The neighborhood's population is almost entirely white - with less than 4 percent minority. Race still makes a difference in voter turnout, although less than in the past, Professor Friedrich says.
In the 1988 presidential election, 72 percent of registered white voters turned out compared to an average 55 percent for nonwhite groups, according to voter surveys by the University of Michigan.
Here in Ward 17, the turnout was 77.4 percent. (Ward 17 includes the western half of the South Side Flats and the South Side Slopes.)
"We have a very strong fabric in the South Side," says Gene Ricciardi, a Pittsburgh city councilman who represents the South Side Flats and the South Side Slopes. "We have high concentrations of ethnic groups, which really have retained their ethnicity. They tend to use that mechanism of voting."
In other ways, though, South Side Flats cuts across the grain of districts with high voter turnout.
Most of its population lives modestly on fixed incomes, yet it votes nearly as often as the wealthiest segment of the American population. Nationally, some 85 percent of the top fifth of the population in terms of family income voted in 1988, according to University of Michigan data.
By contrast, only 47 percent of the lowest fifth turned out nationally.
The Flats is not a bastion of higher learning, either. In 1980, only 43 percent of its population had graduated from high school and less than 1 percent had four years or more of college, according to the United States Census Bureau. That was far lower than Allegheny County. But Ward 17 equaled the county's turnout in 1988 and beat by more than eight percentage points the national average of voters with at least some high-school education.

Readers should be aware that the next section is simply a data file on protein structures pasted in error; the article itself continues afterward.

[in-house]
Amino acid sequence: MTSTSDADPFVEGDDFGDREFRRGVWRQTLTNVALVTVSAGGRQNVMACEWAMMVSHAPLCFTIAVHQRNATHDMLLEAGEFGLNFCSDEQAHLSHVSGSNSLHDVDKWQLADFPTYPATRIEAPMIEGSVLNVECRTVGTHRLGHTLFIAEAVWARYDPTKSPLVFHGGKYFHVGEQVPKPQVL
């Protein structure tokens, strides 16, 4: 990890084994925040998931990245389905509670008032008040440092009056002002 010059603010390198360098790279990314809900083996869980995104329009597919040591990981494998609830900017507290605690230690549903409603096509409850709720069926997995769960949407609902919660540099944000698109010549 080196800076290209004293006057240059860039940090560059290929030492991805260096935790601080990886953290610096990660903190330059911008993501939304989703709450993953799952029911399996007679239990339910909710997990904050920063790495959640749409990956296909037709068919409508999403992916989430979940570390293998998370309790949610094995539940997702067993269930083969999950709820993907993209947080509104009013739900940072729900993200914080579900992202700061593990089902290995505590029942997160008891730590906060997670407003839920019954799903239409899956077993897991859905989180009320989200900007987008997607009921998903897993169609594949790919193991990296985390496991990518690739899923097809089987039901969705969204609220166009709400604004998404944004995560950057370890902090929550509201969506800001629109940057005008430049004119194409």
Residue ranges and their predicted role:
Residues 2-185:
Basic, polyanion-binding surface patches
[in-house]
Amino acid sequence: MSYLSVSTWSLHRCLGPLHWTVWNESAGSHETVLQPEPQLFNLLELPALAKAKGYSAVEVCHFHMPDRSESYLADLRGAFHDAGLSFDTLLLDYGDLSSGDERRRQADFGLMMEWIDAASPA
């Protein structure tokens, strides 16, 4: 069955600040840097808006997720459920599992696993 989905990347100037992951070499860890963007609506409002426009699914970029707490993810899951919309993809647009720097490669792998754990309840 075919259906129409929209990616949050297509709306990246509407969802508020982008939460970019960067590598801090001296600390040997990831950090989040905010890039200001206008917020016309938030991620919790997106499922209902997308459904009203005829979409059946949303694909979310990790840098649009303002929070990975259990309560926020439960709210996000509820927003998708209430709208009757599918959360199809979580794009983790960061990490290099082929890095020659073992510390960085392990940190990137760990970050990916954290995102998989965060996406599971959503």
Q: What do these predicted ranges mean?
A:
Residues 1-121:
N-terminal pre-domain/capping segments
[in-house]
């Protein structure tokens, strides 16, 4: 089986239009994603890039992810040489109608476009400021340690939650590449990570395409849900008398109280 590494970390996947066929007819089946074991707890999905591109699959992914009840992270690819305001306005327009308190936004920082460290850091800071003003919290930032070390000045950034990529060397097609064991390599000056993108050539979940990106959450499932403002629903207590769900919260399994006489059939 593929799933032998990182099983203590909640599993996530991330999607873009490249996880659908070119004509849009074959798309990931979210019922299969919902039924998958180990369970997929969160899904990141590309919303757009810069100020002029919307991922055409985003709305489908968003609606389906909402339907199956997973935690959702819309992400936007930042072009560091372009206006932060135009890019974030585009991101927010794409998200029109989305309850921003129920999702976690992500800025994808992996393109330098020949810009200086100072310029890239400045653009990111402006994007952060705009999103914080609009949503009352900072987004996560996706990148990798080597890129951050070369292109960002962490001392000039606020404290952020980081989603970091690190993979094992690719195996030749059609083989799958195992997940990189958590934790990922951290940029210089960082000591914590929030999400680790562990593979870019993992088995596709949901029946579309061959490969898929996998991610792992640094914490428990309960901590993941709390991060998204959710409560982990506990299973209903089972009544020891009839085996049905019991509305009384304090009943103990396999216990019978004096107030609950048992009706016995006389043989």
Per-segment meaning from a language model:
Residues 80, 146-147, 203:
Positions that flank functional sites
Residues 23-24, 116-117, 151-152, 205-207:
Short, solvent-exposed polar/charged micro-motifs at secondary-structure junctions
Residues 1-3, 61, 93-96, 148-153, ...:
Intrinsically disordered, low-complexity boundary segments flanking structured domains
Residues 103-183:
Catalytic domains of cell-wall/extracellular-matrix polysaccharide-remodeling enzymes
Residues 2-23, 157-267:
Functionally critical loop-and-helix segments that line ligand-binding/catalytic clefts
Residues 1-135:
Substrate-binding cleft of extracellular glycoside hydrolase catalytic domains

So what makes this neighborhood turn out?
Councilman Ricciardi credits a strong sense of community, woven by social groups and church organizations. The area has its own weekly newspaper, the South Pittsburgh Reporter. The local Democratic committee has taken up community causes as well as political activities, Ricciardi says.
Geography also plays a role. In a neighborhood where one can walk the streets and look into people's living rooms, personal contacts are important.
"They would see me coming, because I was the committeewoman, and say: 'Oh-oh, Irene's coming. Better go vote, says Irene Wojciechowicz, a former Pittsburgh committeewoman.
It's not clear whether the Flats can keep up its strong voting habit. Young people have begun to move into the area to be close to their downtown jobs or to set up boutiques along Carson Street.
This gradual gentrification could lead to a decline in turnout. Only 44 percent of people between the ages of 18 and 24 voted in the last presidential election, according to the University of Michigan.
Even among older voters here, deepening cynicism could dampen participation.
"The savings-and-loan thing really turned a lot of people off," Fabio says. "I think the reason people vote around here is that they want to throw the bums out.... But they never manage," he adds, with just a hint of a chuckle.